I spent today at an AAC study day which was a mixture of useful information and real insight. This is Javed who gave a talk about how he communicates: ‘talking is far more important than walking’ #aac#disability
It is #autismawarenessmonth , so I’ve been thinking even more than usual about my 2 handsome nephews, Mark & Luke. Today I wanted to share this picture of Luke with Ri from last summer (though FYI Luke refers to Ri as either 1. Riley Portugal Berry or 2. Riley Poor). 🙎🏻♂️
Luke wants to be a YouTube star (see today’s story for a snippet of his first trial run), reviewing foods and such, and he has absolute confidence in his abilities to do whatever it is that he aims to do. He also won’t let anything or anyone place labels on him - ex. I’ve been witness to his siblings teasing him, as siblings do, poking his belly and calling him chubby. His response - “I’m not chubby. MY BODY IS PERFECT!!” And Luke means it. He knows who he is 💯, is totally authentic, and really does see himself as perfect on all levels. He has expressed that he sees no point in attending any extra “autism” related classes (speech, etc.) because he isn’t autistic. So there you have it- my magical nephew who knows that labels can’t tell the story of who he is. Let’s just imagine for a moment what our world would look like if we all embodied the 100% self acceptance that Luke awards himself. I think I will do that - if only for today - just to see what it feels like. You are perfect. I am perfect. We are all perfect. 💥 Oh, and #hotpersoninawheelchair 💗 ✌️ 🌏
It's no easy feat to snag a coveted job at a massive tech company. Doing so while blind and partially deaf is even harder. But 26-year-old Michael Forzano did in 2013 when he scored a software engineer position on Amazon's retail accessibility team. Forzano's blindness since birth and partial deafness since age 5 haven't stopped him from writing code that makes online shopping accessible for the disabled.
I get involved with all sorts of work, but think this kind of work has to be the most taxing and rewarding at the same time.. Worktop lifters and wall unit lifters are common place in accessible kitchens for those with Disabilities.. This kitchen has 4 large lifters, with sinks, taps and hobs in. They are all formed in Corian, and all have safety switches on the rise and fall.. As you can imagine, the plumbing and electrics are a tad different to account for the rise and fall... #carpenter#kitchendesign#kitchenfitter#worktop#corian#accesible#disability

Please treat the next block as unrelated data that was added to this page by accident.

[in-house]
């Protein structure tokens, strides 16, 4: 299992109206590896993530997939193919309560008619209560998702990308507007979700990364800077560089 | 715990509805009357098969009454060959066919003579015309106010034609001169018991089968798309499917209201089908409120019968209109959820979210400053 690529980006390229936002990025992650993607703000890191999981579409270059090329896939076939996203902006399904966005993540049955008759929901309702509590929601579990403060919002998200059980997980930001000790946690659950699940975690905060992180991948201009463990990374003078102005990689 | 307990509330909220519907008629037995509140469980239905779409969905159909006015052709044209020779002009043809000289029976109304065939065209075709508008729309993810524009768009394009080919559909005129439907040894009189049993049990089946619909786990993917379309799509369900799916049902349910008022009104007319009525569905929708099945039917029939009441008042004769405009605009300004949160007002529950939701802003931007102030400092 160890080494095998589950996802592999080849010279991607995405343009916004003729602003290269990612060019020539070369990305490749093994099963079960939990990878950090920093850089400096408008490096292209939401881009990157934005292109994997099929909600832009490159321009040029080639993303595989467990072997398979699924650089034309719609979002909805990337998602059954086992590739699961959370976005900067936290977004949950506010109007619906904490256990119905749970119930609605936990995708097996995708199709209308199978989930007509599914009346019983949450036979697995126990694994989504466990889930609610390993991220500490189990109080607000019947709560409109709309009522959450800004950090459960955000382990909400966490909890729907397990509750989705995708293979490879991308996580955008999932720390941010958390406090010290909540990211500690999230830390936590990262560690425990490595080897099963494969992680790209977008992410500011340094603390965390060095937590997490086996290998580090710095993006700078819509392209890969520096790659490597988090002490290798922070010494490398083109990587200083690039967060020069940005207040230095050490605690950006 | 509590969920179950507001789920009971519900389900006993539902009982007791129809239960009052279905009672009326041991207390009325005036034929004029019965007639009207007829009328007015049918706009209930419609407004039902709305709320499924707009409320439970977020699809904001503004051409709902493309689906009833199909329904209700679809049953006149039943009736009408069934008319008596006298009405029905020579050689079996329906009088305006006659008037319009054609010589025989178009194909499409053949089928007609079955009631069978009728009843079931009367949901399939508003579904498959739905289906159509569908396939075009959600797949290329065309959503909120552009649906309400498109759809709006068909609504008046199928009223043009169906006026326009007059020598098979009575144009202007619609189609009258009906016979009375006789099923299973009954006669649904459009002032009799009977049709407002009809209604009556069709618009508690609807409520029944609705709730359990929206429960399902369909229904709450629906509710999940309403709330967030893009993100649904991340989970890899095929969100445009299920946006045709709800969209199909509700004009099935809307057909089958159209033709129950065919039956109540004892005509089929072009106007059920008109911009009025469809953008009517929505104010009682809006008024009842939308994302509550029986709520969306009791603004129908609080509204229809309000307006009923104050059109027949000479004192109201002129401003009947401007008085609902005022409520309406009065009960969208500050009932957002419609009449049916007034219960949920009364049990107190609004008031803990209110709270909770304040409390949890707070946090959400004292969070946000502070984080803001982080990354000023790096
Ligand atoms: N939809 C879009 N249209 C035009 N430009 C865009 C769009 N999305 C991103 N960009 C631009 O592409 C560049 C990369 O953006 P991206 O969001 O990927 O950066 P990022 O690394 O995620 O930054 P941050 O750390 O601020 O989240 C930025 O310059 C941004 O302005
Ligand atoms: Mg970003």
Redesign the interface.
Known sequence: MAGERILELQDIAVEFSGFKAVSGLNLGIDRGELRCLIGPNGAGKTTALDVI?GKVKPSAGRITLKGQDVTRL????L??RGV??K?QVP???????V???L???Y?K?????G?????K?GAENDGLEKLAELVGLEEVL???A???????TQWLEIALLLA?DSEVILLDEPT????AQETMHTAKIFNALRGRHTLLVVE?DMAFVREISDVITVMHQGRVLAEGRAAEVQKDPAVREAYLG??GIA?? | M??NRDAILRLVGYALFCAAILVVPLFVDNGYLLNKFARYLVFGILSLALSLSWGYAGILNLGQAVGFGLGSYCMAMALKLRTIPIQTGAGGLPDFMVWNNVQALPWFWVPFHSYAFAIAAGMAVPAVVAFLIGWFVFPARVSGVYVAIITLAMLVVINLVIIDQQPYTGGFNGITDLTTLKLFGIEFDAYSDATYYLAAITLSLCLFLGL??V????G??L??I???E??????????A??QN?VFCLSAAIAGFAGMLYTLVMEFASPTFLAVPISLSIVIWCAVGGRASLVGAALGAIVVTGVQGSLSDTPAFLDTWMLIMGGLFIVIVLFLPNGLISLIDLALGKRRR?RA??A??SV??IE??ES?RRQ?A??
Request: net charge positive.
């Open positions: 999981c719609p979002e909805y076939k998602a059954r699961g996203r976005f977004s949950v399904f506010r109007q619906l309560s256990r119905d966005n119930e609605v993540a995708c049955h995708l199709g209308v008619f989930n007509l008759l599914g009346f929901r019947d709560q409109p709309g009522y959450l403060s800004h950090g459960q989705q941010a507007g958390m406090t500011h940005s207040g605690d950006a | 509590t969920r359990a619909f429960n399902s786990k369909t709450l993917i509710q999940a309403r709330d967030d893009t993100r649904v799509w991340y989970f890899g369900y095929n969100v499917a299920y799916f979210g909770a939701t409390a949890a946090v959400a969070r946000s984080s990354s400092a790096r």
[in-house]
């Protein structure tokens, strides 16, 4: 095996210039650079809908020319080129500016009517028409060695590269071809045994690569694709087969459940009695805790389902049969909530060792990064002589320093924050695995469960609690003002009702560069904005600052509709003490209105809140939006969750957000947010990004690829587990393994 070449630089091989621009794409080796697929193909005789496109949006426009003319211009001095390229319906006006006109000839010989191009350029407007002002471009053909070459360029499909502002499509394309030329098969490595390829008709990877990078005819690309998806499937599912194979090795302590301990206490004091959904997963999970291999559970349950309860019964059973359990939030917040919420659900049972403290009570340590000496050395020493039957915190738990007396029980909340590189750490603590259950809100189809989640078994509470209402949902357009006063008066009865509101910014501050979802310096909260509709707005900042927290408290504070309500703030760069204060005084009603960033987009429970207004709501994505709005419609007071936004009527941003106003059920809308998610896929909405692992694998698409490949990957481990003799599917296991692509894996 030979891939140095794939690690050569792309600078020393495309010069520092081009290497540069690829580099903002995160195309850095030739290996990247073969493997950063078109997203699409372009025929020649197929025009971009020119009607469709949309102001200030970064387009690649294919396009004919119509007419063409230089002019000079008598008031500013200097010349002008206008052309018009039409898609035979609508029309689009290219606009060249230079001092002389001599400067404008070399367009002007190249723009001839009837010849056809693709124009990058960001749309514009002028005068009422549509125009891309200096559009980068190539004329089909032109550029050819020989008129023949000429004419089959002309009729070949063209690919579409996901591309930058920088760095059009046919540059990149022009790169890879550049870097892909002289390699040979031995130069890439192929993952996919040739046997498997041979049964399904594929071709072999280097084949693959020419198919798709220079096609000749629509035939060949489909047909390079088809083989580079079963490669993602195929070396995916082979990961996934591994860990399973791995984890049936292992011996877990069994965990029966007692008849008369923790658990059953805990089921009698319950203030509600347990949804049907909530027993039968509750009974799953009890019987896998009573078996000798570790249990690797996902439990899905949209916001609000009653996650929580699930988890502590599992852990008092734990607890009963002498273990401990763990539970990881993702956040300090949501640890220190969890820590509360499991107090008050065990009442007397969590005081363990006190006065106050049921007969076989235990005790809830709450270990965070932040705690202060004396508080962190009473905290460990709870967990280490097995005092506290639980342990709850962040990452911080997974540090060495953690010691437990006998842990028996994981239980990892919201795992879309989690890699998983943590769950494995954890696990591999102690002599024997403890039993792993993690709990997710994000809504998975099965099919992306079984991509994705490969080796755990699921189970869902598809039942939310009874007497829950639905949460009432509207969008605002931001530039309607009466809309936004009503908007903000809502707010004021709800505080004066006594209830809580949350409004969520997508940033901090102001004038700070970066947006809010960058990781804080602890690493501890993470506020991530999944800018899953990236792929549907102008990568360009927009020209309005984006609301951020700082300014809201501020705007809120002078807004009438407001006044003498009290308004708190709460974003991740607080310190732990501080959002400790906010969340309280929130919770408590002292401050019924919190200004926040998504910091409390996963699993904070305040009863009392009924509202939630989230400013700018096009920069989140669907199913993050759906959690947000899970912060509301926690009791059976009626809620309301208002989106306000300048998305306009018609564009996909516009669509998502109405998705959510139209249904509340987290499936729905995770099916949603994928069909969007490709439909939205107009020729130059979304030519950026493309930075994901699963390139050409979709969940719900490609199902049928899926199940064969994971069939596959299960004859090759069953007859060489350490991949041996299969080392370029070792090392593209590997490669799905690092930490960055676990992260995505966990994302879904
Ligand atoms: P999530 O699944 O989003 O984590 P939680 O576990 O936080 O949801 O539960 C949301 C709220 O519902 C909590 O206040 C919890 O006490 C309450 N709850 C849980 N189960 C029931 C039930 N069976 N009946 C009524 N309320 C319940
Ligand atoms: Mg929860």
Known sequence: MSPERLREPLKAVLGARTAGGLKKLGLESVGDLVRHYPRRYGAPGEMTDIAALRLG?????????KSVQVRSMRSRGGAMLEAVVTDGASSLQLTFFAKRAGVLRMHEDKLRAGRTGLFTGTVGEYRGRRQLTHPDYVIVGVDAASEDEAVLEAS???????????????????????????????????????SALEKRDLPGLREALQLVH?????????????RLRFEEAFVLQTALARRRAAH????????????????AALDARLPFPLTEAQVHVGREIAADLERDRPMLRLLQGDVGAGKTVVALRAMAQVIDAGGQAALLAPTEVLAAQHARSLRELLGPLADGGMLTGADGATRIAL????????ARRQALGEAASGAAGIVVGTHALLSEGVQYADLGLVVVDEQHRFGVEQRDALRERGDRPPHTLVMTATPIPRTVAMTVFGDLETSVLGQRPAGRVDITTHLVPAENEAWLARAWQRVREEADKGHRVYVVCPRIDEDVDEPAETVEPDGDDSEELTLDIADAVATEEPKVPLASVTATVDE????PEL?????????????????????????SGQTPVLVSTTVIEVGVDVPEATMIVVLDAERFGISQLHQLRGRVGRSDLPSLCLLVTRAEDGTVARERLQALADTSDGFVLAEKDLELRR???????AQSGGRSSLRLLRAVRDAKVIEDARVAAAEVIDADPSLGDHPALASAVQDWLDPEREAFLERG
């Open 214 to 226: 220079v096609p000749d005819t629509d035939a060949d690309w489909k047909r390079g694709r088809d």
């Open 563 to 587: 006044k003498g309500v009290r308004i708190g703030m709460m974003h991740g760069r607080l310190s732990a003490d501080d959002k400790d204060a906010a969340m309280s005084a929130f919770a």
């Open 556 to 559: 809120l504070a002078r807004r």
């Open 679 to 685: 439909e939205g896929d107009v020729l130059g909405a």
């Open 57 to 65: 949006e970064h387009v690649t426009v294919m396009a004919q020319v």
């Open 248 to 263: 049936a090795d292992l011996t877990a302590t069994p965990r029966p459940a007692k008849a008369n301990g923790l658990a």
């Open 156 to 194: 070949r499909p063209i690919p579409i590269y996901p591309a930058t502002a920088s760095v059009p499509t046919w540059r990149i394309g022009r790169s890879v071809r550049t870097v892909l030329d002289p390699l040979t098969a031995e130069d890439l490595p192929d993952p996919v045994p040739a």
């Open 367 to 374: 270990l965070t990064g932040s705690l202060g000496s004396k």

Our Associate Board’s #BattleoftheBikes event is just around the corner! We can’t wait to cycle for a cause with the @autismspeaks_chicago team this Friday at @studiothreechi. 🚴 💪 It’s not too late to reserve a bike and help us surpass our fundraising goal of $35K for people with disabilities. Let’s do this!
How’s this for a #tongueouttuesday ...we’re going to Disney! This plan has been in the works for a few months now, and while we aren’t going until the end of summer I wanted to share the news ✨🐶 This will not only be my first *ever* trip to Disney, but also a girl’s trip with Emily (@service.doodle) whom I love so dearly. Though my health is certainly a concern right now, I’ve been looking forward to this special vacation which will be a wonderful break after I complete my academics for this collegiate school year and go through some rigorous testing/appts with different specialists to get some medical things under control. Luckily I still have time to get back to a more functional state, but looking ahead to the future never hurts 😊 It’s easy to think about all the things that prevent you from doing something - whether you have an illness, a disability, or any kind of obstacle in your way - we’ve all been there. So any taste of freedom, of independence, of just a bit of happiness is something more than worth savoring. Find the good. 💕🐾 •Visual Description: Percie faces the camera with her tongue out, wearing a pair of Mickey Mouse Ears with a pink bow.*
Do you even lift? 😎💪🏽 Check out this AutoLift we installed for a new client today! 🚗 This incredibly useful device allows you to easily carry your scooter or wheelchair wherever you want to go, without losing any trunk space. Want more details? Give us a call and ask us about the “swing away” option!
Being able to share my story, my beliefs and what I've learnt so far is always such a humbling experience.
Thank you for having me @sussexuni @sussexsport.
Looking forward to more talks this summer.
Email email@example.com for enquiries. 😁🤙🏼
Today I was at work when I received a call from GOSH, I missed the call and thought that was fine as they always leave an answer phone message... however this wasn’t the case, they called again. .
Then all I heard was the repeat tests came back the same and the results were still low meaning her kidneys were probably onto the next level of failure. That we have to go to see the renal specialists in the next couple of weeks. For now we are going to have a prescription come through tomorrow to start her on medication. We will have repeat bloods when we go to the hospital, then we will see what the next stages are. .
Our report we had through earlier this week also said about the results and if this was going to happen then we are more looking at the nastier of conditions. .
Who knows she may surprise us and be absolutely fine and have normal levels next visit. .